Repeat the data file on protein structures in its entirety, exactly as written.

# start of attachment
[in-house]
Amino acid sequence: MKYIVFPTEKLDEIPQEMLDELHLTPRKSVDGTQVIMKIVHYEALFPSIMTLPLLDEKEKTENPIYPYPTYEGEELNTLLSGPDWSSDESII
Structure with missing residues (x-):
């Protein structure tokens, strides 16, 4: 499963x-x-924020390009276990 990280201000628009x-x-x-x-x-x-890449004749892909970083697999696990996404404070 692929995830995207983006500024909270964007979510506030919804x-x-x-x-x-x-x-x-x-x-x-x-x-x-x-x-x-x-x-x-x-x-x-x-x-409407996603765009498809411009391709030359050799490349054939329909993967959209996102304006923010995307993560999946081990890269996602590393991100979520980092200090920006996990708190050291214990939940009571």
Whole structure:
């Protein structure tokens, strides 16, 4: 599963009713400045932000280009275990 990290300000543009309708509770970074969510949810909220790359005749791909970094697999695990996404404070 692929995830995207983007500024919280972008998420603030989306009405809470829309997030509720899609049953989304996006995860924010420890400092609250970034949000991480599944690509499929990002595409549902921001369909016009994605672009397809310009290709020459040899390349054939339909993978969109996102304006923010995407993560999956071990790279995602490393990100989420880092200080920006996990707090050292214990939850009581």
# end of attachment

[in-house]
Amino acid sequence: MKYIVFPTEKLDEIPQEMLDELHLTPRKSVDGTQVIMKIVHYEALFPSIMTLPLLDEKEKTENPIYPYPTYEGEELNTLLSGPDWSSDESII
Structure with missing residues (x-):
């Protein structure tokens, strides 16, 4: 499963x-x-924020390009276990 990280201000628009x-x-x-x-x-x-890449004749892909970083697999696990996404404070 692929995830995207983006500024909270964007979510506030919804x-x-x-x-x-x-x-x-x-x-x-x-x-x-x-x-x-x-x-x-x-x-x-x-x-409407996603765009498809411009391709030359050799490349054939329909993967959209996102304006923010995307993560999946081990890269996602590393991100979520980092200090920006996990708190050291214990939940009571």
Whole structure:
């Protein structure tokens, strides 16, 4: 599963009713400045932000280009275990 990290300000543009309708509770970074969510949810909220790359005749791909970094697999695990996404404070 692929995830995207983007500024919280972008998420603030989306009405809470829309997030509720899609049953989304996006995860924010420890400092609250970034949000991480599944690509499929990002595409549902921001369909016009994605672009397809310009290709020459040899390349054939339909993978969109996102304006923010995407993560999956071990790279995602490393990100989420880092200080920006996990707090050292214990939850009581």